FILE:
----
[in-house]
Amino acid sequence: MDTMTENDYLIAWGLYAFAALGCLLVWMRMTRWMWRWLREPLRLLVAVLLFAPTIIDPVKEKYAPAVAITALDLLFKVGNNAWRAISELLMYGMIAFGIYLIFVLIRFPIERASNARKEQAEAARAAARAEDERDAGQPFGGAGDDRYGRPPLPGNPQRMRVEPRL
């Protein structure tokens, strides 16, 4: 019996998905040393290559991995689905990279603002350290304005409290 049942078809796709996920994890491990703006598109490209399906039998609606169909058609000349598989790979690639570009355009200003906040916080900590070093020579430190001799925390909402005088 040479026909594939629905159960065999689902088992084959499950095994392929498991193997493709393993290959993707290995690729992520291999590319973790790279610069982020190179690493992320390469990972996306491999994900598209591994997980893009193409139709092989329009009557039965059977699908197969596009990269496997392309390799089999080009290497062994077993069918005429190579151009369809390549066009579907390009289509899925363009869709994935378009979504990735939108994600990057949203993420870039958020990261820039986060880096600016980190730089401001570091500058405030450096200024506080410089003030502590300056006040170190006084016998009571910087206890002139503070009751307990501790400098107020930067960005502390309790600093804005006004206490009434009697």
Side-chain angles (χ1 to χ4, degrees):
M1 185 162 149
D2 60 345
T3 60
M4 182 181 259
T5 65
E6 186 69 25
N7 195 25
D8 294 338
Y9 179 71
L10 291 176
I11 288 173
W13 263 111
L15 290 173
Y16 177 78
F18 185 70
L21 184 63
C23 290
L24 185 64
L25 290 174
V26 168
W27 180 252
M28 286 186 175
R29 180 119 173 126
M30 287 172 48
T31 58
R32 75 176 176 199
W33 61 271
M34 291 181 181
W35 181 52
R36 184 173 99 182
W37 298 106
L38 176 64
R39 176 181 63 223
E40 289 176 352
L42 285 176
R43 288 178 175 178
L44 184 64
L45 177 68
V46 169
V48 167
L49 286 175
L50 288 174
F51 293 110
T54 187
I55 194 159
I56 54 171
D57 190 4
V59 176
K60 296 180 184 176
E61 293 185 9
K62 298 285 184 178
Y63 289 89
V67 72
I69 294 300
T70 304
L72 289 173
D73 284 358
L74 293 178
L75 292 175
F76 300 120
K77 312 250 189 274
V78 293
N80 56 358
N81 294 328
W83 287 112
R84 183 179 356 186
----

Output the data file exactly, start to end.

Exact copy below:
[in-house]
Amino acid sequence: MDTMTENDYLIAWGLYAFAALGCLLVWMRMTRWMWRWLREPLRLLVAVLLFAPTIIDPVKEKYAPAVAITALDLLFKVGNNAWRAISELLMYGMIAFGIYLIFVLIRFPIERASNARKEQAEAARAAARAEDERDAGQPFGGAGDDRYGRPPLPGNPQRMRVEPRL
């Protein structure tokens, strides 16, 4: 019996998905040393290559991995689905990279603002350290304005409290 049942078809796709996920994890491990703006598109490209399906039998609606169909058609000349598989790979690639570009355009200003906040916080900590070093020579430190001799925390909402005088 040479026909594939629905159960065999689902088992084959499950095994392929498991193997493709393993290959993707290995690729992520291999590319973790790279610069982020190179690493992320390469990972996306491999994900598209591994997980893009193409139709092989329009009557039965059977699908197969596009990269496997392309390799089999080009290497062994077993069918005429190579151009369809390549066009579907390009289509899925363009869709994935378009979504990735939108994600990057949203993420870039958020990261820039986060880096600016980190730089401001570091500058405030450096200024506080410089003030502590300056006040170190006084016998009571910087206890002139503070009751307990501790400098107020930067960005502390309790600093804005006004206490009434009697």
Side-chain angles (χ1 to χ4, degrees):
M1 185 162 149
D2 60 345
T3 60
M4 182 181 259
T5 65
E6 186 69 25
N7 195 25
D8 294 338
Y9 179 71
L10 291 176
I11 288 173
W13 263 111
L15 290 173
Y16 177 78
F18 185 70
L21 184 63
C23 290
L24 185 64
L25 290 174
V26 168
W27 180 252
M28 286 186 175
R29 180 119 173 126
M30 287 172 48
T31 58
R32 75 176 176 199
W33 61 271
M34 291 181 181
W35 181 52
R36 184 173 99 182
W37 298 106
L38 176 64
R39 176 181 63 223
E40 289 176 352
L42 285 176
R43 288 178 175 178
L44 184 64
L45 177 68
V46 169
V48 167
L49 286 175
L50 288 174
F51 293 110
T54 187
I55 194 159
I56 54 171
D57 190 4
V59 176
K60 296 180 184 176
E61 293 185 9
K62 298 285 184 178
Y63 289 89
V67 72
I69 294 300
T70 304
L72 289 173
D73 284 358
L74 293 178
L75 292 175
F76 300 120
K77 312 250 189 274
V78 293
N80 56 358
N81 294 328
W83 287 112
R84 183 179 356 186